Salmon and charred sweetcorn salsa

Salmon and charred sweetcorn salsa

By
From
More Home Comforts
Serves
4
Photographer
Peter Cassidy

It’s taken ten years to master the art of growing sweetcorn in my garden, and all we really did was move the plants round from year to year to see where it grew best. We now have the perfect site. The problem now is that the dog has got a taste for it too, so he’s forever pulling the plants up.

Ingredients

Quantity Ingredient
4 whole corn on the cob, outer husks removed
6 spring onions, trimmed
2 red chillies
3 limes, cut in half
2 tablespoons roughly chopped coriander, stems and leaves
5 tablespoons extra virgin olive oil
sea salt
freshly ground black pepper
4 x 100g salmon fillets, boneless and skinless

Method

  1. Put the corn on the cob into a large pan of water, set over a high heat and bring to the boil, then turn the heat down and simmer for 15 minutes until tender.
  2. Meanwhile, heat a griddle pan until hot. Add the spring onions and chillies, and char on each side for a couple of minutes, until just blackened. Remove and roughly chop.
  3. Add the limes to the griddle pan, cut-side down, and char for 1 minute until just blackened. Remove and set aside.
  4. When the corn is tender, drain and set on the griddle pan to char – keep an eye on it as you don’t want one side very black! Turn every couple of minutes so that it is evenly charred. Remove from the griddle, then cut 2 cobs in half and set aside.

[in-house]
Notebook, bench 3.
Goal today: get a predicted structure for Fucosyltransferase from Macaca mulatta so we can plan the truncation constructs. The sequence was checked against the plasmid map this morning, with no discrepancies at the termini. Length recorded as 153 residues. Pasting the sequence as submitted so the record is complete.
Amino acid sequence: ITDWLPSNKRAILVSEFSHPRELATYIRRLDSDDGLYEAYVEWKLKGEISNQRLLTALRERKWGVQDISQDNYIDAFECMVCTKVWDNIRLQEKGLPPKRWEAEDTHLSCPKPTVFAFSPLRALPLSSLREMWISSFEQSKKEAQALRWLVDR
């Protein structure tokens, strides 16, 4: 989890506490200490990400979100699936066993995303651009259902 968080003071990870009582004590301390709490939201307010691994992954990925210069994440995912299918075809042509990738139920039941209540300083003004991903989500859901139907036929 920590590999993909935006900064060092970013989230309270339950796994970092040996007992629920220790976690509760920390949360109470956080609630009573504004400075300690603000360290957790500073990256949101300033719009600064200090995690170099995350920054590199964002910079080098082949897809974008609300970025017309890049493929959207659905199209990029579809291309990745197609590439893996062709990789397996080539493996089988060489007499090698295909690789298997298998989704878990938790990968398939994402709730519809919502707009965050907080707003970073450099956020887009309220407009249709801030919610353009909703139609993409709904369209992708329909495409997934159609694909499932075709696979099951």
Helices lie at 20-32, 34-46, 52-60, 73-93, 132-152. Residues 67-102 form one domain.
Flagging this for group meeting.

5. Remove the kernels from the other 2 cobs and place in a food processor along with the chopped spring onions, chillies and coriander. Squeeze in the juice from 1 lime and add 2 tablespoons of the olive oil, then pulse until everything is roughly chopped. Season to taste with salt and pepper.
  6. Rub each side of the salmon fillets with a little of the olive oil, then place on the griddle pan and char on each side for 1 minute until just cooked through.
  7. Place on plates with a spoonful of the salsa, half a charred corn on the cob and a piece of lime. Finish with the last of the olive oil, drizzled over.
Tags:
Home Comforts
British food
classic recipes
indulgent
winter
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